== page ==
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Knight's Mechanical Encyclopedia (ed. Knight) 2 2 Browse Search
Epictetus, Works (ed. George Long) 1 1 Browse Search
Harper's Encyclopedia of United States History (ed. Benson Lossing) 1 1 Browse Search
Edward L. Pierce, Memoir and letters of Charles Sumner: volume 3 1 1 Browse Search
Edward L. Pierce, Memoir and letters of Charles Sumner: volume 4 1 1 Browse Search
Edward H. Savage, author of Police Recollections; Or Boston by Daylight and Gas-Light ., Boston events: a brief mention and the date of more than 5,000 events that transpired in Boston from 1630 to 1880, covering a period of 250 years, together with other occurrences of interest, arranged in alphabetical order 1 1 Browse Search
Southern Historical Society Papers, Volume 27. (ed. Reverend J. William Jones) 1 1 Browse Search
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Browsing named entities in Edward L. Pierce, Memoir and letters of Charles Sumner: volume 3. You can also browse the collection for August, 1874 AD or search for August, 1874 AD in all documents.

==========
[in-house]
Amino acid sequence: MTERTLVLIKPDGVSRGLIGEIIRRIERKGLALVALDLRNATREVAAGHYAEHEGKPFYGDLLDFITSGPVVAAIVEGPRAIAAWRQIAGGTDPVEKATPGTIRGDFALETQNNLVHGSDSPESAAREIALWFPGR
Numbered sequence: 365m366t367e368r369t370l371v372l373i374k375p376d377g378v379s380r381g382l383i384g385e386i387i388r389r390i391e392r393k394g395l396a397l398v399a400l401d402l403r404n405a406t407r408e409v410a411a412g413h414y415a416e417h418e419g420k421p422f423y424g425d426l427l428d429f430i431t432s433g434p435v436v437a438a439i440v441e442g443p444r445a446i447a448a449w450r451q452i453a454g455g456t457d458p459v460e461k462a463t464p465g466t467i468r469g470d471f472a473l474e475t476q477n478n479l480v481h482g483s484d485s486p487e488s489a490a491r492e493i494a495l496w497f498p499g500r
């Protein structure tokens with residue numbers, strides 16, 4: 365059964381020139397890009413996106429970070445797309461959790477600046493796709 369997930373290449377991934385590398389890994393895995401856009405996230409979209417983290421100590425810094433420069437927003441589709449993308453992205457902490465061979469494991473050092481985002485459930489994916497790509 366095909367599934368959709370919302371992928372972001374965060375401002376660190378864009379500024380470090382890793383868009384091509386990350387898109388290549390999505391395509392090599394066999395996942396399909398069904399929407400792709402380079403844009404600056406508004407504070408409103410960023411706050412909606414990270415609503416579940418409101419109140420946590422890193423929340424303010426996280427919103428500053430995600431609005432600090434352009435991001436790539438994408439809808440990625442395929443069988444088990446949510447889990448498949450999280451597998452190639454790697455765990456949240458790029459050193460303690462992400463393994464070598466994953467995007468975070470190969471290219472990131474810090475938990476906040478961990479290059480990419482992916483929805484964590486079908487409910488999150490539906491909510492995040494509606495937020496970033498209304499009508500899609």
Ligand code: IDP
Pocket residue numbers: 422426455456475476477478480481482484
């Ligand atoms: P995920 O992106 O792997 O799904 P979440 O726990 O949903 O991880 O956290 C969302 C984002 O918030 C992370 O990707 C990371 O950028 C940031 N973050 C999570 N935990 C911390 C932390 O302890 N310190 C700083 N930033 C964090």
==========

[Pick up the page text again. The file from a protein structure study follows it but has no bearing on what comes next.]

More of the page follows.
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Edward L. Pierce, Memoir and letters of Charles Sumner: volume 3, Chapter 43: return to the Senate.—the barbarism of slavery.—Popular welcomes.—Lincoln's election.—1859-1860. (search)
topic of conversation. There was talk of violence in barrooms and similar resorts in Washington, but the only overt act was the intrusion of a Southern man four days after into Sumner's lodgings, who was offensive in speech and manner, and signified his purpose to come again. Sumner's friends,— among them Wilson, Burlingame, Sherman, and A. B. Johnson, --took precautions, though not at Sumner's instance, and even against his protest. Works, vol. v. pp. 127-129; Scribner's Magazine, August, 1874, pp. 483-486; Recollections of Charles Sumner, by A. B. Johnson; New York Evening Post. June 11; New York Herald, June 11; New York Tribune, June 11. The Tribune's correspondent, June 5, thought that only prudence restrained the Southern party, as the speech was more severe than the one made in 1856. He notified Wilson of what had occurred, but he called upon no one to defend him, and took no part in the arrangements made by others for his protection. He particularly chafed at the guard